What does the contradiction of satyatva and mithyAtva mean? Not that it is impossible for both to coexist in one place, but that when one is seen, the other is not. Therefore the contradiction is not of existence, but in its comprehension. It is jnAnata: virodha.

Now the siddhikAra presents some general rules for when two contradictory attributes can have the same orders of reality, and when they can have different orders of reality. He says:

एकस्य साधकेन अपरस्य बाध्यत्वं विषमसत्ताकत्वे प्रयोजकम् , यथा शुक्तिरूप्यतदभावयो: |
When the same pramANa can prove one object's existence while sublating the other, the two contradictory objects will have different orders of reality. For example, pratyaksha sublates the rajata, silver, while proving rajatAbhAva, the absence of silver.

एकबाधकबाध्यत्वं च समसत्ताकत्वे प्रयोजकम्, यथा  शुक्तिरूप्यशुक्तिभिन्नत्वयो: |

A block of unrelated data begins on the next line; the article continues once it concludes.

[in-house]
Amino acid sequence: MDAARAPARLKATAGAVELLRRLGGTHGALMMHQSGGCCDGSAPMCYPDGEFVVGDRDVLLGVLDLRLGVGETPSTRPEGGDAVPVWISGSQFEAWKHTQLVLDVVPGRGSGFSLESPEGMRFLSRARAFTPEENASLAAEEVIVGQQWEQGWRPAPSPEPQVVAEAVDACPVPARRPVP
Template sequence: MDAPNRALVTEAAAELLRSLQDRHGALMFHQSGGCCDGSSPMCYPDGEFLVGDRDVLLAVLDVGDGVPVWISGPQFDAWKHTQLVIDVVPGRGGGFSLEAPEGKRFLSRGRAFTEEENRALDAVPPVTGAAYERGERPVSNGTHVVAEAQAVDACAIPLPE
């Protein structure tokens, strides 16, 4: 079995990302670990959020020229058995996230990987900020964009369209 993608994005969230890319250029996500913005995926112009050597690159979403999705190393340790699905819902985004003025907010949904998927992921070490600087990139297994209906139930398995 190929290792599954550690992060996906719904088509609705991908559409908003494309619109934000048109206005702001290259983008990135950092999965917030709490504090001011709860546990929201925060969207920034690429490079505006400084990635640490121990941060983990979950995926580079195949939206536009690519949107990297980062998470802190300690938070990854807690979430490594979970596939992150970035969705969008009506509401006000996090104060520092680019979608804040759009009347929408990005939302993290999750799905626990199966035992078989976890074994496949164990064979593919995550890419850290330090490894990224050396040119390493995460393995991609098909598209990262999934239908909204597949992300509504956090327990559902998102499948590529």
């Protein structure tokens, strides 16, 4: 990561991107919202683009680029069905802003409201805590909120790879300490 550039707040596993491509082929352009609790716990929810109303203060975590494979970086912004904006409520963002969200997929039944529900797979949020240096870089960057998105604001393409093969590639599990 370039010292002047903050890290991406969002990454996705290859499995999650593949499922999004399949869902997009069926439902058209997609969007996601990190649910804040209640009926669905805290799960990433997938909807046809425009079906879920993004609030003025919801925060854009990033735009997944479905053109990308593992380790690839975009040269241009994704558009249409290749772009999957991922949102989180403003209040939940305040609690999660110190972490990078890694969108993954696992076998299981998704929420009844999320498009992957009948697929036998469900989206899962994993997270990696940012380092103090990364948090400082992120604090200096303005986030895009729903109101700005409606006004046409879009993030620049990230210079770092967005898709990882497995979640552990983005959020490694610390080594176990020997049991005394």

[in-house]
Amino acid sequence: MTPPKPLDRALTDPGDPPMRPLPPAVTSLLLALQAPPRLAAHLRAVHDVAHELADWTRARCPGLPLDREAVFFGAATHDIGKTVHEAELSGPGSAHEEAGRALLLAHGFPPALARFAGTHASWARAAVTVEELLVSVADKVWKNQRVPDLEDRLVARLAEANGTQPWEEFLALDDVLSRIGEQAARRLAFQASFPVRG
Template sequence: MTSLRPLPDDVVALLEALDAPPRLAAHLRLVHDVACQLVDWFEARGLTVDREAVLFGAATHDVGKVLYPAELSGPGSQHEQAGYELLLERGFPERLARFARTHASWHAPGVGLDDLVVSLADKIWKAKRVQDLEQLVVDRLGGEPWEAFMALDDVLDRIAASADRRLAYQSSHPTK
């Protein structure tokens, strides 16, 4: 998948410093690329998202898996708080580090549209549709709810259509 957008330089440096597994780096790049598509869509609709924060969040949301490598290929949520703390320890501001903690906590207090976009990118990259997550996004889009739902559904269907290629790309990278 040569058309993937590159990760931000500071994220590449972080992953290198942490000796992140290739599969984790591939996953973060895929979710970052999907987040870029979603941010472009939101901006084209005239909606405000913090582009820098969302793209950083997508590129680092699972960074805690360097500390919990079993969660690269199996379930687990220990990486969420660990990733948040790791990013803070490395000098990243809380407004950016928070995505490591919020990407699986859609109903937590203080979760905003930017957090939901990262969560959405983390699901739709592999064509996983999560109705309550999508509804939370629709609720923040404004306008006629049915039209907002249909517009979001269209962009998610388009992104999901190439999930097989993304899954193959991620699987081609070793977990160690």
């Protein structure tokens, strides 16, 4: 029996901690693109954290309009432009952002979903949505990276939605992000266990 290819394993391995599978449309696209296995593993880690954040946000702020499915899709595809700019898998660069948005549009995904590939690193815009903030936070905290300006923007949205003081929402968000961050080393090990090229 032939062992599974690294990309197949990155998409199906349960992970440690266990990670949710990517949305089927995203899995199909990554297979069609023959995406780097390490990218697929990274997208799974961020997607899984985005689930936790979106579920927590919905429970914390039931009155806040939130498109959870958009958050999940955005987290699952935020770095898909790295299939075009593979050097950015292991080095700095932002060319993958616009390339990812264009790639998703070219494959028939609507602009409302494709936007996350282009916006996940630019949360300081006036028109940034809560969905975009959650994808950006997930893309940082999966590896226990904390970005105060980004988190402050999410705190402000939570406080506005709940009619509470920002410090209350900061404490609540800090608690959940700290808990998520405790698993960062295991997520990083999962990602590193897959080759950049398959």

When the same pramANa sublates both contradicting objects, the two objects must have the same order of reality. The knowledge of the shell sublates both shell-silver and the illusion that the object is different from shell. Here both shuktirUpya (shell-silver) and shukti bhinnatvam (difference from shell) have equal orders of reality.

अस्ति च प्रपञ्चतन्मिथ्यात्वयोरेकब्रह्मज्ञानबाध्यत्वम् |
In the same way, the world and its mithyAtva are sublated by the one brahma jnAna.

अत: समसत्ताकत्वान्मिथ्यात्वबाधकेन प्रपञ्चस्यापि बाधान्नाद्वैतक्षतिरीति कृतमधिकेन |   Therefore, as this implies an equal order of reality for the world and its mithyAtva, the sublation of mithyAtva with brahmajnAna does not result in the establishment of pluralism. Enough has been said on this topic, says the siddhikAra. 

With that, we conclude the chapter on the mithyAtva of mithyAtva itself.

I wish all readers a very happy new year. 

Originally posted on 30th December 2017.